Friday, November 26, 2010

Peanut butter, Potter, and the Pacific

This week has been nothing short of an emotional disaster. North Korea attacked us, my principal threw me under the bus in a confrontation with a psycho mommy, and one of my closest friends is leaving very unexpectedly in about four hours. But in the face of chaos and frustration and fear, I also was able to enjoy Thanksgiving evening with two fantastic American friends at an American steakhouse, Hana's face immediately after I talked her into trying eggnog ("Is this made of toothpaste?!"), and late-night hot chocolate with one of my absolute favorite Canadians. Life is just like that sometimes, I guess. The highs and lows all bundle themselves up together until I can't figure out if I'm laughing or crying or some strange combination of the two.

After the detours of the week, I'm going to jump back into my Japan Saga. We left off with me trotting down the sidewalk in Fukuoka with only one directive:

I asked the people at the hostel how to get to the Hawks Town Mall, and I had already accumulated three city maps, so I was completely confident in my ability to locate Potter. Fukuoka is a big city by most standards, but after living in Seoul for the last three months, it felt comfortable and quaint. It reminded me a little bit of Dayton, if Dayton ever built a subway and imported an alarming number of Japanese people.

My favorite thing about Fukuoka was that there were trees along the streets. For a girl who just six months ago spent multiple nights a week wandering around the park after work, nature has been something I've had an incredibly hard time not encountering on a regular basis. You can take the girl out of the corn fields, but you can't take the corn fields out of the girl... or something to that effect... Anyway, I took a lot of pictures of trees because I was so daggone excited, but the vast majority of people reading this blog can look out their window and see something green, so I doubt you really want to look at a bunch of pictures of Japanese trees. I'll show you one picture just to prove I saw some.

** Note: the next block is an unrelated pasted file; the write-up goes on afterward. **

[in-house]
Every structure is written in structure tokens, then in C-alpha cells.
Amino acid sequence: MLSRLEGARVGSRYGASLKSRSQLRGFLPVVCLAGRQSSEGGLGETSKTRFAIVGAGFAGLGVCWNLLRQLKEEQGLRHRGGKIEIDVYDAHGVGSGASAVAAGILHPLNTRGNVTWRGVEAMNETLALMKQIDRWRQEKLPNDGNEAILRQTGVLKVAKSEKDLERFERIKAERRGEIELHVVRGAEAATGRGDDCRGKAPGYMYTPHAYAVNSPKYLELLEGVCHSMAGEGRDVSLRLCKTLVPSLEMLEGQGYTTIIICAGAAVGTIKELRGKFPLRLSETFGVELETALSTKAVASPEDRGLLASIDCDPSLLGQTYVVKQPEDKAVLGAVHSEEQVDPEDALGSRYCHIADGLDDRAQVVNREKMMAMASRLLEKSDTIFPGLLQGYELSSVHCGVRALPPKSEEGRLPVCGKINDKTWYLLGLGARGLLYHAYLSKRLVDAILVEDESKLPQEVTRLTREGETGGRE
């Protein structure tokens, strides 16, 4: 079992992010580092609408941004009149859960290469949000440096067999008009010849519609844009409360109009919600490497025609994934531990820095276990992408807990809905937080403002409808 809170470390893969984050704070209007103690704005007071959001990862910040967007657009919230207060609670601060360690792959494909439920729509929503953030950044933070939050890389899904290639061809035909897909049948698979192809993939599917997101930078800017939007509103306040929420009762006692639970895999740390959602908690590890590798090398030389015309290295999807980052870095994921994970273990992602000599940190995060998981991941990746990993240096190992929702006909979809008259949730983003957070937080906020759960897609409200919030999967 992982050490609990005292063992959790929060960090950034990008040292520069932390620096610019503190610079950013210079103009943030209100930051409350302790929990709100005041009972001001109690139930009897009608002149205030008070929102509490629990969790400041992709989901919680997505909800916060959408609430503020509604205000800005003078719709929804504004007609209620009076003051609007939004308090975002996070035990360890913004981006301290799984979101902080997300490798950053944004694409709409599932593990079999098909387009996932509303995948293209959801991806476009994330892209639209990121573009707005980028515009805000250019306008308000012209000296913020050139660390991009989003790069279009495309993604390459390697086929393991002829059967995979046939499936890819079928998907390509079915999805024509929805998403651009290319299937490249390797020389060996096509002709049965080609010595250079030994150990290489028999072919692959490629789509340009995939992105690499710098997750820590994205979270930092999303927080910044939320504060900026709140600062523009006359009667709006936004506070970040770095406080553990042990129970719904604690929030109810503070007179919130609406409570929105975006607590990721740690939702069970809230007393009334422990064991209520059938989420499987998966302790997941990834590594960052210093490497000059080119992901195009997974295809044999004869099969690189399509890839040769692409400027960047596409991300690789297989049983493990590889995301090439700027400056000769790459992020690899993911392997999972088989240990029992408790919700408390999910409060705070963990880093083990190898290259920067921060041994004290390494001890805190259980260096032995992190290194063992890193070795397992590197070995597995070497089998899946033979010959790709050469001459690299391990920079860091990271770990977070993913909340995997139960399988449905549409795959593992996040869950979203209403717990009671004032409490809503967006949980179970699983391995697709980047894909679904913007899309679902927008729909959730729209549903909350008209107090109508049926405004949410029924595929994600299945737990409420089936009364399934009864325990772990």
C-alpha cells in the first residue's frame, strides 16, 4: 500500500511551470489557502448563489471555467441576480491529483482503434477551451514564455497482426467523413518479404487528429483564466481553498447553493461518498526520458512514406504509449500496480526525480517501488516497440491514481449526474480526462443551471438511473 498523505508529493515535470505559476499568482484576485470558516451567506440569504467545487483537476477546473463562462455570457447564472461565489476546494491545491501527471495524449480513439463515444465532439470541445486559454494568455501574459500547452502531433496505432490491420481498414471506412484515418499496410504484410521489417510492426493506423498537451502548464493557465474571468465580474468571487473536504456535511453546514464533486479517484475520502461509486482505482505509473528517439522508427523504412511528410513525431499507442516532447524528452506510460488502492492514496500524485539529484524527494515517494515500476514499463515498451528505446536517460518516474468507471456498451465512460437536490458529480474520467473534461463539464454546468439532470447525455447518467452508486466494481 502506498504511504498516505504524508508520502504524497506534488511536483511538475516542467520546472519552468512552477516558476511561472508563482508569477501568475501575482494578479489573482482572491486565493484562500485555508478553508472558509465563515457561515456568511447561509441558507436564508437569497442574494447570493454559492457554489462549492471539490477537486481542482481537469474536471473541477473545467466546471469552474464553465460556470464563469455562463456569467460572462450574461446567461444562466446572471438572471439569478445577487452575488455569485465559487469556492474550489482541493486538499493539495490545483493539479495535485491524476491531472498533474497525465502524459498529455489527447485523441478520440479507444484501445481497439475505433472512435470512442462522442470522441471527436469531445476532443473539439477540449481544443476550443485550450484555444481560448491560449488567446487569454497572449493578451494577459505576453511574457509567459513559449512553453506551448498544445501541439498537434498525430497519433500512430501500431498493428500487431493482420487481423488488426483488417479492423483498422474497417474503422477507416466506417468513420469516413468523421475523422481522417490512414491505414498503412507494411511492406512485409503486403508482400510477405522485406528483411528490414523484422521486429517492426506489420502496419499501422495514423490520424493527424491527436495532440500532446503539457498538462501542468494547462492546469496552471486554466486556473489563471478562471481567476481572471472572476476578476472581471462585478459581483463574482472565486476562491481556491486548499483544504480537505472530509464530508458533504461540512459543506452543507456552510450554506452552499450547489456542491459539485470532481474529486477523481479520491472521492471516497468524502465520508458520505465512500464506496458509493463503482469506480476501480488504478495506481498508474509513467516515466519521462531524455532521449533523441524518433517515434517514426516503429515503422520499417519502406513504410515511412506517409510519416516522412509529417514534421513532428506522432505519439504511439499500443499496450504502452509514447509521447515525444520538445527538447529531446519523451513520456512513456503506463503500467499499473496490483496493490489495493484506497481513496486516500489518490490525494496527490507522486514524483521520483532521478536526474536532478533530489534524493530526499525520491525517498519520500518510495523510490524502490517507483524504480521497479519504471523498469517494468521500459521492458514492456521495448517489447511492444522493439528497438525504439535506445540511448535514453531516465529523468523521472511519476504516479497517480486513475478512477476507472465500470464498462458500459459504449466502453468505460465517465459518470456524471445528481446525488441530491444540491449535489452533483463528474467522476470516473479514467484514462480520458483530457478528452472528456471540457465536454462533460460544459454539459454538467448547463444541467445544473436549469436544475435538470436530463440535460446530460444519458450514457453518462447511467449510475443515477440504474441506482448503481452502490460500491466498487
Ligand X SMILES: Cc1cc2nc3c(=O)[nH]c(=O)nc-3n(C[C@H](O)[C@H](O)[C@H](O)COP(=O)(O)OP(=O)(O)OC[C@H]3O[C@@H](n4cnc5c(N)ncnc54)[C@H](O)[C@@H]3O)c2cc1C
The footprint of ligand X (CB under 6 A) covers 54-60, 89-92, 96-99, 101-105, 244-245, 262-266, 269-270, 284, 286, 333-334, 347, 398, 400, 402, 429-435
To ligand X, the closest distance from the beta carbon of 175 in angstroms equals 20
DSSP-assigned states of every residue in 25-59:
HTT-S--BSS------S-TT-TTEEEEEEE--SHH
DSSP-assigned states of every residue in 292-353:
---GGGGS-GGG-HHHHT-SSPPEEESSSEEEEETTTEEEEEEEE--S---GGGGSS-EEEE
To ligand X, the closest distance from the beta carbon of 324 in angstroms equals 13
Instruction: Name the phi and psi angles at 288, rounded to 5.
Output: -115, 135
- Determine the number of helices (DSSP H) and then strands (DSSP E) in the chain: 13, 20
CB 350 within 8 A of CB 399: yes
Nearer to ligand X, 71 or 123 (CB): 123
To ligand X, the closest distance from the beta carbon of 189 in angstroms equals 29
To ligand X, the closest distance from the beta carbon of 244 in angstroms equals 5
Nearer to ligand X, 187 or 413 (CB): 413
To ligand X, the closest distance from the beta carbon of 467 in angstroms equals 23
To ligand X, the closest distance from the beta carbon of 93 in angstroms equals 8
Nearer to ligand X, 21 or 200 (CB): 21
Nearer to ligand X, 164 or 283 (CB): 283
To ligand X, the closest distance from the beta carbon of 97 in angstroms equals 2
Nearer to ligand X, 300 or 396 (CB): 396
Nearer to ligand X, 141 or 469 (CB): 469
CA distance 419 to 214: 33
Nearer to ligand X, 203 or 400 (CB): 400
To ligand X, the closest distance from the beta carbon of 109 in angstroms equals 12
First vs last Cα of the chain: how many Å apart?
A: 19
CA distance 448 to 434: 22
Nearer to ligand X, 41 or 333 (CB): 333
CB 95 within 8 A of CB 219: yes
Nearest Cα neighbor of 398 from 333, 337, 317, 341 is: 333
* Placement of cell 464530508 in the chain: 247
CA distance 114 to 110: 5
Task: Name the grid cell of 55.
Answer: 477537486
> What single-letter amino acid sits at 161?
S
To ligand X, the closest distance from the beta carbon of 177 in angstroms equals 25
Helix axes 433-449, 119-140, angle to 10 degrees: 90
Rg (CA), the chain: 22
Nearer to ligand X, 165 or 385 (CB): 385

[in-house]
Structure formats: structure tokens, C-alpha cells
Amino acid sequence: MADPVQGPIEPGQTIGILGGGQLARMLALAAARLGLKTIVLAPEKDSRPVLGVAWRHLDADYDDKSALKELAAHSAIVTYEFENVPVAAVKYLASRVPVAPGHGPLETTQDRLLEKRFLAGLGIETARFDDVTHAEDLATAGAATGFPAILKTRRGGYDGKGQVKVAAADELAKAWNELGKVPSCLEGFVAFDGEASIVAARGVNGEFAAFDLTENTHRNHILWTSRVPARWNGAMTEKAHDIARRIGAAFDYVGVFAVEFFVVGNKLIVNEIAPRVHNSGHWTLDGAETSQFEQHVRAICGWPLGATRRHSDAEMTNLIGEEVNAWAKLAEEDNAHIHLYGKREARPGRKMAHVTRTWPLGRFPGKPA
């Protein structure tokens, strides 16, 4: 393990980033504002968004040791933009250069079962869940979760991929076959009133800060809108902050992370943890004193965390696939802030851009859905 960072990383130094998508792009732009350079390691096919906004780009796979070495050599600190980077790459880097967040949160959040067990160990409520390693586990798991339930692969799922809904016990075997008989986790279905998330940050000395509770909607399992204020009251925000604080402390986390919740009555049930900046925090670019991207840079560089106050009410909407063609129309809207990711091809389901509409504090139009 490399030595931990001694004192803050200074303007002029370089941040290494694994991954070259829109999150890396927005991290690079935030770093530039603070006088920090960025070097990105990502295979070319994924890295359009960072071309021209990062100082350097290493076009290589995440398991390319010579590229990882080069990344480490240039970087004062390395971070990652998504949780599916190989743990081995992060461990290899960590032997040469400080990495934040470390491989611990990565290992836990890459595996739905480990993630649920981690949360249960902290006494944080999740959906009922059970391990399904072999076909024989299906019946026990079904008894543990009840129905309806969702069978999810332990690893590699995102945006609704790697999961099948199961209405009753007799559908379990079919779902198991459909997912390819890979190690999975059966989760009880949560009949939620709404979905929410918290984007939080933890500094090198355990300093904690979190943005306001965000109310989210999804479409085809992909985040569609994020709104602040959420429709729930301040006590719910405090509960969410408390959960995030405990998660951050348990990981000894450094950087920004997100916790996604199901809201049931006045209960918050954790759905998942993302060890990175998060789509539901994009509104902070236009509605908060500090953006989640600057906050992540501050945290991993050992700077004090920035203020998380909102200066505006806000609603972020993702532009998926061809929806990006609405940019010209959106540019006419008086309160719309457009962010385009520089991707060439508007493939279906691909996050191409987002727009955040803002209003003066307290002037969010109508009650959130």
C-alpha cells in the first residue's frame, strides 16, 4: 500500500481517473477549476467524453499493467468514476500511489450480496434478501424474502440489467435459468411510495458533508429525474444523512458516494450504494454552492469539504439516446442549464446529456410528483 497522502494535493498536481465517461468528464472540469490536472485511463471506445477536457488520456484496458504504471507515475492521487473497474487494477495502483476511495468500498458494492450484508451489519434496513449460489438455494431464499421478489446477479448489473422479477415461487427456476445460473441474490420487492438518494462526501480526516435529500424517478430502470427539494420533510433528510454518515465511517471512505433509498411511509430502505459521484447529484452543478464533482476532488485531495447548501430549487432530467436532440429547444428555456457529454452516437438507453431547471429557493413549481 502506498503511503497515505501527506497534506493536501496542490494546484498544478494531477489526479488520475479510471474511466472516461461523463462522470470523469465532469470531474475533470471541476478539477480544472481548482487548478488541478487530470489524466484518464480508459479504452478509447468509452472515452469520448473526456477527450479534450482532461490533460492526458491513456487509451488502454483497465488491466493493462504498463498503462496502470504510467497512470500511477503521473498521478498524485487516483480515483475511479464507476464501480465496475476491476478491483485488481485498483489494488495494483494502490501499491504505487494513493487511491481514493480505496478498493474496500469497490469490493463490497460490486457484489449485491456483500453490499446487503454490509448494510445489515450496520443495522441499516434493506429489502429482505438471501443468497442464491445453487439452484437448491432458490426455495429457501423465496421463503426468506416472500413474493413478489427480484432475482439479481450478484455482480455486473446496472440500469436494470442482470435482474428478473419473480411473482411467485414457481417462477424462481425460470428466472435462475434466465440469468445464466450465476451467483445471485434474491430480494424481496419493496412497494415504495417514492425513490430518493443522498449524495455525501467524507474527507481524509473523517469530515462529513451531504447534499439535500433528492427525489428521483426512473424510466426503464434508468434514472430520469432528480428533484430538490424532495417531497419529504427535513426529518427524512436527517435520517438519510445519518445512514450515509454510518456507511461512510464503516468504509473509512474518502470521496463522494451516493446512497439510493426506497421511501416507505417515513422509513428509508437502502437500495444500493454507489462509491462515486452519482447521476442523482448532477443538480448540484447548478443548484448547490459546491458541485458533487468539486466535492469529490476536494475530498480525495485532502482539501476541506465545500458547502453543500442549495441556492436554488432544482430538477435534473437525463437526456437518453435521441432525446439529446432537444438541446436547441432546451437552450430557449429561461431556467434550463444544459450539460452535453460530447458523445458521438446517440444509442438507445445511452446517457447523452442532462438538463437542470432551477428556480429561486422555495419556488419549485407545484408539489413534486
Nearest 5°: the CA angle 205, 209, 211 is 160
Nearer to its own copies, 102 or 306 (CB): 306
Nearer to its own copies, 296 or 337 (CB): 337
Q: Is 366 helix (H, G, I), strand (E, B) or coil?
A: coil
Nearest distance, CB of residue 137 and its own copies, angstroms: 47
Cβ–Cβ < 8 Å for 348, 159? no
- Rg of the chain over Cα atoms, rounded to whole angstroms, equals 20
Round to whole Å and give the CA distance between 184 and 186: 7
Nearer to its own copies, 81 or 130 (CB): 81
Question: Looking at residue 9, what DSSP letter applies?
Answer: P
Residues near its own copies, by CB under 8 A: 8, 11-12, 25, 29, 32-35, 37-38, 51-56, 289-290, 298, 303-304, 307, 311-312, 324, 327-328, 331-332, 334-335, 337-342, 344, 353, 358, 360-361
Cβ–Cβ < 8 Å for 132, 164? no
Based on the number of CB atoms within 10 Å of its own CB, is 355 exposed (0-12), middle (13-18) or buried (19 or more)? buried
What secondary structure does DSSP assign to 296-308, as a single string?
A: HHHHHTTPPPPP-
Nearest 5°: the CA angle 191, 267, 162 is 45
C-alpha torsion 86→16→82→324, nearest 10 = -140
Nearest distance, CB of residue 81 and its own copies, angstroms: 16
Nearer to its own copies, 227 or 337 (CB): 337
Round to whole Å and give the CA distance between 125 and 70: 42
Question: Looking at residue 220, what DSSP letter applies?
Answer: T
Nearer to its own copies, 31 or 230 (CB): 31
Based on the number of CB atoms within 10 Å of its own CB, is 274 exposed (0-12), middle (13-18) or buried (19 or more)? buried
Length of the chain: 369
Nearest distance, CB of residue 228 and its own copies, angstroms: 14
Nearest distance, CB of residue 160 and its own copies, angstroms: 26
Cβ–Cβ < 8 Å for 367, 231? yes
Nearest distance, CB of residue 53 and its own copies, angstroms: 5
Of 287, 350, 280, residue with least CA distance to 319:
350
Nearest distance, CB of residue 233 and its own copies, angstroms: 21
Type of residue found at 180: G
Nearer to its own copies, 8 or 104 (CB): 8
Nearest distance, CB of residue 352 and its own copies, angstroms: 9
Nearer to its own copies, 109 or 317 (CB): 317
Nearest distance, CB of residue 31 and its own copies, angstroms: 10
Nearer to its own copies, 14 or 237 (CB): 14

Yep, these are trees.

The mall was precisely where the map said it would be, and my first goal was to find the theater and purchase my ticket. The mall, however, was uber-distracting, and it took me nearly half an hour to remember where I was supposed to be heading.

I'm the one on the left.

Japan knows what I like.

When I got to the theater, I again assumed that there was no way I'd encounter an English-speaker, and I was fully prepared to mime out "Harry Potter." I approached the counter and said the name of the movie very slowly because in my head that magically translates my English into whatever language I'm currently needing. The teenage kid behind the counter smiled at me and politely asked if I'd like to see it in English. I considered this delightful new development. American movies in Korea are shown in English, and I had assumed that that would be the case in Japan as well. But seeing the movie dubbed over in Japanese pretty much guaranteed hilarity... until I found out the ticket was $23. I bought my ticket for the only English showing all day (not even IMAX!), and headed back out into the city for two hours.

Although I wanted to shop around the mall, that could be done after dark. The beach, however, was best experienced during daylight; I made a bee-line for the sand.

One of the reasons I chose that particular mall to see the movie was because it was located right along the beach. Technically, the waters belong to the East China Sea, but I think that's stupid because it's the same water as the Pacific Ocean. I'd never seen the Pacific Ocean, and I'm not going to consider this a failed attempt due to a technicality. I ate lunch with my feet in the Pacific, thankyouverymuch, and no silly map is going to convince me otherwise.